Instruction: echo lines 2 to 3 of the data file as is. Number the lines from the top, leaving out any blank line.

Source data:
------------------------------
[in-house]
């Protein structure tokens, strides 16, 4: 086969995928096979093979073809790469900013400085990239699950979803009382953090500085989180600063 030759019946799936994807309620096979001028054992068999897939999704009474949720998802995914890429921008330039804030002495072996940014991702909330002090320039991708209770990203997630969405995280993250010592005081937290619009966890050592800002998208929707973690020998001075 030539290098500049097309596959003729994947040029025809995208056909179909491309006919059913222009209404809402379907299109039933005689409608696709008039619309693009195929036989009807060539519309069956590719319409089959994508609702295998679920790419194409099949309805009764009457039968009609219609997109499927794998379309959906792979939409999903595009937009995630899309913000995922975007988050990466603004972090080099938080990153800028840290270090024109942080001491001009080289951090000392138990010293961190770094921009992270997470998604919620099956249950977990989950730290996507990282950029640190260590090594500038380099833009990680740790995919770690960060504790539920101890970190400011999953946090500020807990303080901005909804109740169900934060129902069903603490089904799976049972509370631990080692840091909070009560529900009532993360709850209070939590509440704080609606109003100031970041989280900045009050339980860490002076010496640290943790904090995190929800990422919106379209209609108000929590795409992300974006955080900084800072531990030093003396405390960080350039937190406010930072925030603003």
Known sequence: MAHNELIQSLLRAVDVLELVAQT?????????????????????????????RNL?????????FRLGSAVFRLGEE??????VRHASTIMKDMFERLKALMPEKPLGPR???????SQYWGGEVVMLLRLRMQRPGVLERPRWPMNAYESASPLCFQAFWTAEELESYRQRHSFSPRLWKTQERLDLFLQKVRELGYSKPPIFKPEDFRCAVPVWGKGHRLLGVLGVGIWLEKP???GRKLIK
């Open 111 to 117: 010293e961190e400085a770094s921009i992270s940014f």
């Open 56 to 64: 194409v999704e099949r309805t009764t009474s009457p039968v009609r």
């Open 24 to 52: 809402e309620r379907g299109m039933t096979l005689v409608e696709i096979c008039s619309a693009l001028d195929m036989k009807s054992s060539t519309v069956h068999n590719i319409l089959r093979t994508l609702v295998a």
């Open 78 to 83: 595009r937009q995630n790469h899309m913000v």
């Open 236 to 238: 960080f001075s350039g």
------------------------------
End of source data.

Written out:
């Protein structure tokens, strides 16, 4: 086969995928096979093979073809790469900013400085990239699950979803009382953090500085989180600063 030759019946799936994807309620096979001028054992068999897939999704009474949720998802995914890429921008330039804030002495072996940014991702909330002090320039991708209770990203997630969405995280993250010592005081937290619009966890050592800002998208929707973690020998001075 030539290098500049097309596959003729994947040029025809995208056909179909491309006919059913222009209404809402379907299109039933005689409608696709008039619309693009195929036989009807060539519309069956590719319409089959994508609702295998679920790419194409099949309805009764009457039968009609219609997109499927794998379309959906792979939409999903595009937009995630899309913000995922975007988050990466603004972090080099938080990153800028840290270090024109942080001491001009080289951090000392138990010293961190770094921009992270997470998604919620099956249950977990989950730290996507990282950029640190260590090594500038380099833009990680740790995919770690960060504790539920101890970190400011999953946090500020807990303080901005909804109740169900934060129902069903603490089904799976049972509370631990080692840091909070009560529900009532993360709850209070939590509440704080609606109003100031970041989280900045009050339980860490002076010496640290943790904090995190929800990422919106379209209609108000929590795409992300974006955080900084800072531990030093003396405390960080350039937190406010930072925030603003």
Known sequence: MAHNELIQSLLRAVDVLELVAQT?????????????????????????????RNL?????????FRLGSAVFRLGEE??????VRHASTIMKDMFERLKALMPEKPLGPR???????SQYWGGEVVMLLRLRMQRPGVLERPRWPMNAYESASPLCFQAFWTAEELESYRQRHSFSPRLWKTQERLDLFLQKVRELGYSKPPIFKPEDFRCAVPVWGKGHRLLGVLGVGIWLEKP???GRKLIK